He may arrive by horse, donkey, or boat, and, in areas of the world where Saint Nicholas is prominent, his day, not Christmas, is the primary day of presents. Shoes or stockings may be left out for him the night before, to be found the next morning filled with small gifts, cookies, and sweets. Thus, in Germany, both Saint Nicholas and the Christkind bring small gifts - one in honor of the Christ Child and one in honor of a venerated Saint. In America, many of us enjoy spreading out our traditional Christmas, enjoying Saint Nicholas Day, during the early part of Advent, as a special time to share the importance of generosity and giving.




Posted in Christmas Legends, Christmas Traditions, German Christmas, Inge-Glas

The Glückspilz (Lucky Mushroom) Tradition

Posted on November 19, 2014 | 0 Comments

My Growing Traditions offers a selection of German Christmas ornaments depicting the Amanita muscaria Mushroom with its white-spotted bright red cap. Amanita muscaria (common name fly mushroom, or fly agaric), a toadstool, is toxic - dangerously poisonous - and should NEVER be tasted.

But, it should be enjoyed on your Christmas tree.

In the German and other European cultures, the mushroom is seen as a good-luck symbol - Glückpilz (Lucky Mushroom - colloquial "Lucky Duck, Dog, Devil, etc.") - and is "The Mushroom" of Christmas and the New Year, especially as a symbol of a blessing at the turn of the New Year. It honors a reverence of nature and the beauty of the forest - if you find one it is believed to bring you good fortune. It is acknowledged to be the most recognized mushroom on earth. This famous mushroom abounds in Christmas decorations, children's story books, and fairy tales.

As a good-luck symbol and a symbol respecting the beauty of nature the Amanita muscaria mushroom is a traditional ornament on German Christmas trees.

The Christian Ulbricht Workshop from the Erzgebirge, Germany - since 1928 - brings us this dear wooden ornament with an Amanita muscaria:


 Christmas Wreath

And, Inge-Glas of Germany brings us several Amanita muscaria glass Christmas ornaments   


Flat-top Mushroom           

Mini Tall Hat

Add a little Glückpilz - Lucky Mushroom to your Christmas!

Posted in Christian Ulbricht, Christmas Legends, Christmas Traditions, Erzgebirge, Inge-Glas

Inge-Glas Santas Nestled in a Christmas Wreath - a DIY Project

Posted on November 12, 2014 | 0 Comments

When we found this photograph of a Christmas Wreath covered in Inge-Glas Santas we were charmed. We might not own the mirror/picture frame that it adorns, nor begin to ever conceive of placing it outside on a front door, but we could definitely envision our own creation in a special spot, on the mantel, in the entryway, or even in the kitchen.

Clipped neatly, front and center, is Vintage Nicholas

Tucked in around the wreath is Famous Journey

We could envision these Inge-Glas ornaments as being especially delightful for a wreath...


left to right above: Whoo's Ready for Christmas, Marching Toys, Mini-Me Santa


left to right above: Toy Nikolaus, Christmas Candies, and the sweetest little Christmas Mouse

Create your own: perhaps a Santa Wreath, a Holiday Wreath, a Bird Wreath, a Forest Wreath, an Angel Wreath, or just add one memorable ornament to a special wreath you plan for inside your home.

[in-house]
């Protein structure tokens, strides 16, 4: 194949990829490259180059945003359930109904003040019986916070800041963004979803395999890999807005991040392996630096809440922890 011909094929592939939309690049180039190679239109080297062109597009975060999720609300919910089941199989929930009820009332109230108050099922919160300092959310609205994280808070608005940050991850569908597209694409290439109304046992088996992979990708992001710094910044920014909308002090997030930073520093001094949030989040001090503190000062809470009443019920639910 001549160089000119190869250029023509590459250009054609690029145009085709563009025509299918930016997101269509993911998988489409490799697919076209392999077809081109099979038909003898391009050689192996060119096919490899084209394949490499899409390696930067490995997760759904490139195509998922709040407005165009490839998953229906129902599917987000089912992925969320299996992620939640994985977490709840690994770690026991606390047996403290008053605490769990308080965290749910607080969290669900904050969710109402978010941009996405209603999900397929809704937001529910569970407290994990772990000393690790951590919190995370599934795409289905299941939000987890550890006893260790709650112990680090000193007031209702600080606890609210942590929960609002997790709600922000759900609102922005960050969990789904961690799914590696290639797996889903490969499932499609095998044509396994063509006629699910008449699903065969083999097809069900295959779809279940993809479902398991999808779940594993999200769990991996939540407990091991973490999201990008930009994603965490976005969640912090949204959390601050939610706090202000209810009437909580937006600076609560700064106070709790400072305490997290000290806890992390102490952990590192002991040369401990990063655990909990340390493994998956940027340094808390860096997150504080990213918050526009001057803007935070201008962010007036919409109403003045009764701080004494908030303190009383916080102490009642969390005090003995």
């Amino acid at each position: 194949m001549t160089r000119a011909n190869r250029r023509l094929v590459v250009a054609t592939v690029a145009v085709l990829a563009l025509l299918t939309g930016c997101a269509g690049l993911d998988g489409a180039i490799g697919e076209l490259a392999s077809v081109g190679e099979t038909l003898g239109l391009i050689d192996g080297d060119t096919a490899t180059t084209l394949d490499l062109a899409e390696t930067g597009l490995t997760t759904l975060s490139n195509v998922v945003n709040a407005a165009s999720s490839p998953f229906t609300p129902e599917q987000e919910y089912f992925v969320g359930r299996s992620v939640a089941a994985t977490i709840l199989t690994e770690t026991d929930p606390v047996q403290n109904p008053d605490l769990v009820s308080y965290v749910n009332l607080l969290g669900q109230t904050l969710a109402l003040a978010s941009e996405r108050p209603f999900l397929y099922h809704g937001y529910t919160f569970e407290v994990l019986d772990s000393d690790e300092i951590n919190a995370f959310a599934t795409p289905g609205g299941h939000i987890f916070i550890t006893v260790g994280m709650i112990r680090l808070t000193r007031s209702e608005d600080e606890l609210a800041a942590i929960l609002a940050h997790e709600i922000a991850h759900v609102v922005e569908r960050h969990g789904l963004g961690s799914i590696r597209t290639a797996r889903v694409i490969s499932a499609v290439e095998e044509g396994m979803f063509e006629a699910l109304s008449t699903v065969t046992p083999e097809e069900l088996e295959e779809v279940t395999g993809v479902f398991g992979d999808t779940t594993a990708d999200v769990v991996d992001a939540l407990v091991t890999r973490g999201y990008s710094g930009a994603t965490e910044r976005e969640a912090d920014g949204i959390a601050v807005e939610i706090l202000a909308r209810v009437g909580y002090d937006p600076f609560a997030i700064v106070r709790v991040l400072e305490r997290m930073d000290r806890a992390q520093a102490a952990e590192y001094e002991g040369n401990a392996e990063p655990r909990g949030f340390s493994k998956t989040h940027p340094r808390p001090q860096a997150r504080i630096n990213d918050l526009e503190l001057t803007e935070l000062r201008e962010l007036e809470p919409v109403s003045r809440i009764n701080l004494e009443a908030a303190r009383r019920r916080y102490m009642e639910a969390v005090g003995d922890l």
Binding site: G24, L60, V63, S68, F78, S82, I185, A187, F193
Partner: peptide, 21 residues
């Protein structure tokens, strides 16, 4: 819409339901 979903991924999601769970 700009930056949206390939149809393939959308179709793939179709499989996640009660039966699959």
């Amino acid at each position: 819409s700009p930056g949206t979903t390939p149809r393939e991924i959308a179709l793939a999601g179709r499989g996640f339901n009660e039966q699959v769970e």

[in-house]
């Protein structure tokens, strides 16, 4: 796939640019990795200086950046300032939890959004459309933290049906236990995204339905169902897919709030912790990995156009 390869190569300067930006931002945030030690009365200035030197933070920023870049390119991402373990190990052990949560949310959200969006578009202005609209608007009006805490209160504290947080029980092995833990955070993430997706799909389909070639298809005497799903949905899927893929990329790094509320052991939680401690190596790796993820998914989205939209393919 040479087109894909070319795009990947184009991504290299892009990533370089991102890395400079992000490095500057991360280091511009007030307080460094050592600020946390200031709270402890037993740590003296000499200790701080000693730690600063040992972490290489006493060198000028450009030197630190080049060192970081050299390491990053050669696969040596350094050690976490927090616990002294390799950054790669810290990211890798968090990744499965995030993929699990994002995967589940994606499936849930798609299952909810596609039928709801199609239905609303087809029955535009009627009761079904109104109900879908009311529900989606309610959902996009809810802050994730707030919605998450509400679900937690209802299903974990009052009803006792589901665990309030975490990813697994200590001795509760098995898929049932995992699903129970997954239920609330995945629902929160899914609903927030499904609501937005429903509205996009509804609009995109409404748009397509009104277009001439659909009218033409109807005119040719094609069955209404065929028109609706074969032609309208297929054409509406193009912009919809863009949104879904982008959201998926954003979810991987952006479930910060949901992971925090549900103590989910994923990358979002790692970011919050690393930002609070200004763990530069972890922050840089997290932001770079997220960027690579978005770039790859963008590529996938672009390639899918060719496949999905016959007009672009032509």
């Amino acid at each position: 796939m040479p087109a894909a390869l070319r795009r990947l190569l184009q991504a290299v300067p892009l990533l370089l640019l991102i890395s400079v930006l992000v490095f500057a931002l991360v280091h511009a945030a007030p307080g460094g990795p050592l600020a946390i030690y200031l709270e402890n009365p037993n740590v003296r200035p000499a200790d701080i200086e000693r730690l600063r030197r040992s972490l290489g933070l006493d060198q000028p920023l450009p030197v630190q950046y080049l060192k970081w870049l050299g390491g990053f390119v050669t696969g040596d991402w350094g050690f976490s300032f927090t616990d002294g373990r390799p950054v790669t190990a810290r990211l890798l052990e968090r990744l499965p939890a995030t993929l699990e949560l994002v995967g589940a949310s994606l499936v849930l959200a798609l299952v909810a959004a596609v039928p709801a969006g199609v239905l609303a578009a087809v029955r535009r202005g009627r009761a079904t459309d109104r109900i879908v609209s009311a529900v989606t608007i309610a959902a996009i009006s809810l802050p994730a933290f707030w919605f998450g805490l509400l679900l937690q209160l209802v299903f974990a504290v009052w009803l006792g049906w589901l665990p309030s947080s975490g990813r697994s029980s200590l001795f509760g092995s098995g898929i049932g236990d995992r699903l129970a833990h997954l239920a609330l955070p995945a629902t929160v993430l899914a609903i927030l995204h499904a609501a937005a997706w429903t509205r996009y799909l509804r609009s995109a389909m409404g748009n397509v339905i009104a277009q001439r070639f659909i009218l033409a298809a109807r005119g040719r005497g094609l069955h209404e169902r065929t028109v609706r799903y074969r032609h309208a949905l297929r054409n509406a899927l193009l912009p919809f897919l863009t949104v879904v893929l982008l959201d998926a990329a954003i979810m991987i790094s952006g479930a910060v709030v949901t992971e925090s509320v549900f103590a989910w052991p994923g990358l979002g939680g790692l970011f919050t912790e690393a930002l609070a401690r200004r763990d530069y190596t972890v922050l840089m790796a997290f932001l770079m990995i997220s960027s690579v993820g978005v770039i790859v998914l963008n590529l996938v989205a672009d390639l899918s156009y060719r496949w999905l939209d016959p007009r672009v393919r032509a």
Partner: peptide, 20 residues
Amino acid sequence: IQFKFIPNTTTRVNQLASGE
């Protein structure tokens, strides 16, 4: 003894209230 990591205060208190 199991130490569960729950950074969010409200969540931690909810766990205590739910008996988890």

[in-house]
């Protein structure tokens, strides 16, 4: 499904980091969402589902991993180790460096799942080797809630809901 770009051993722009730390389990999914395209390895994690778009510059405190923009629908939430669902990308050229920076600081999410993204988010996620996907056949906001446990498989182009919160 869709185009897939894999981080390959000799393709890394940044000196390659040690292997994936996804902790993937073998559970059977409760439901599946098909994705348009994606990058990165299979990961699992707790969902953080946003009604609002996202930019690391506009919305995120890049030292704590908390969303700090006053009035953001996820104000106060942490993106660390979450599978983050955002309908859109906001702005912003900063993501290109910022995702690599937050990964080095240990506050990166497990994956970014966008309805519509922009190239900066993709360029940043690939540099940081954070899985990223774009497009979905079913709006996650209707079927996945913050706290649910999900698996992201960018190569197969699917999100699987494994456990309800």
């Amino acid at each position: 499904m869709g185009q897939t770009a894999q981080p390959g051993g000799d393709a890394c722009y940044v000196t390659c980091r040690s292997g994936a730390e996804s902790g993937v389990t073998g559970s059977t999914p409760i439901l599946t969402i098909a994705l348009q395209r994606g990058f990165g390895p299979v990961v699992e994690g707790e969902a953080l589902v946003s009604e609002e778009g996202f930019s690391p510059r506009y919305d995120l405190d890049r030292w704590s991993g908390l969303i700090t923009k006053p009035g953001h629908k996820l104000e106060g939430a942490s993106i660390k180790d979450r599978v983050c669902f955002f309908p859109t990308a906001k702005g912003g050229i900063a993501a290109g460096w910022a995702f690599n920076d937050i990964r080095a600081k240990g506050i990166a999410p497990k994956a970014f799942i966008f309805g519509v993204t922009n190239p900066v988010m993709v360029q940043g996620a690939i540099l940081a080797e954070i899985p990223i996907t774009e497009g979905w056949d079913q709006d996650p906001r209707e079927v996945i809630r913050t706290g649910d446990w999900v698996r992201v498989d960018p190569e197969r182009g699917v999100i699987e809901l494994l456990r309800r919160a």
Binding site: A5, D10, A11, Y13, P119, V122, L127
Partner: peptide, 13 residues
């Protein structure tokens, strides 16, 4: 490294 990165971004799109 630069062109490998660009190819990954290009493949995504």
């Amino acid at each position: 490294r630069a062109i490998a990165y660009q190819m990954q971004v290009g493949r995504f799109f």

Posted in Inge-Glas

Inge-Glas Hedgehogs - New for 2014

Posted on November 01, 2014 | 0 Comments

This year, Inge-Glas of Germany has come full circle in the world of hedgehogs. In 2011 they introduced Mama Hedgehog

Hedgehogs are native to Europe, Asia, and Africa. They may be kept as pets in most of the United States. They are called hedgehogs because they make a pig-like grunt while searching for food. They are nocturnal, eat insects, and have a spiny protection that makes us think of porcupines, but they are not related. 

European Folklore, as Wikipedia reports, has them commonly shown as carrying apples on their back: "As animals native to Europe, hedgehogs hold a place in European folklore. In most European countries, hedgehogs are believed to be a hard-working no-nonsense animal. This partially results from the folk belief that hedgehogs collect apples and mushrooms and carry them to their secret storage. It is unclear exactly how old this belief is, though the Roman author Pliny the Elder mentions hedgehogs gathering grapes by this method in his Naturalis Historia. In medieval bestiaries and other illuminated manuscripts dating from at least the 13th century onwards, hedgehogs are shown rolling on and impaling fruit to carry back to their dens. In fact, however, hedgehogs do not gather food to store for later consumption, relying on their deposited fat to survive hibernation. Nor is apple included in their usual diet (it has been suggested, however, that the hedgehogs may use juice of wild apples in order to get rid of parasites).... The image remains an irresistible one to modern illustrators. Therefore, hedgehogs are often portrayed carrying apples - partially, to make them look cuter." You may, indeed, enjoy perusing the many images of hedgehogs with apples on their back.  

Indeed, Inge-Glas in 2014 has wonderfully completed the hedgehog family adding Papa Hedgehog with the fabled apple on his back

and Baby Hedgehog, too.

Papa Hedgehog and Baby Hedgehog are even more special because they are ornaments in the Inge-Glas Swarovski Collection: An exclusive collection, the Swarovski Collection ornaments "shine with multi-faceted crystals on the Christmas tree. Each ornament is decorated with sparkling Swarovski Elements, which intensify in the twinkling Christmas lights. 

All of our Inge-Glas ornaments come complete with an Inge-Glas Gift Box and Archival Tissue.

Posted in German Folk Art, Inge-Glas

Classic Indented Reflectors - Inge-Glas Collections

Posted on October 22, 2014 | 0 Comments

Reflectors are one of the most traditional and oldest Christmas ornaments. They represent the essence of light on the Christmas tree. They capture the beauty of the surrounding ornaments and Christmas lights. The finely molded walls of their indents create a prism of glittering color. 

Reflectors, like other mouth-blown glass ornaments, begin with the glass blower heating a glass tube to a molten state. The glass-blower then blows into the tube until the hot, soft glass takes the shape of a sphere. To make an indented reflector, a "plug" (wood or plaster are commonly used) embossed with a unique design is then pressed into the hot glass.

This year we have enjoyed adding a wonderful selection of Inge-Glas classic Reflectors to our offerings. There are so many to choose from:



Click on the images above to find more in each of these Reflector collections: Reflections of the Past (on the left), Holiday Reflections (center), and Christmas Reflections (on the right)

Click on the images below to find: Vintage Reflection (left), Silver Reflections (center), and Botanical Reflections (right)



Add them to your Christmas tree and let the light shine!



Posted in German Christmas, Inge-Glas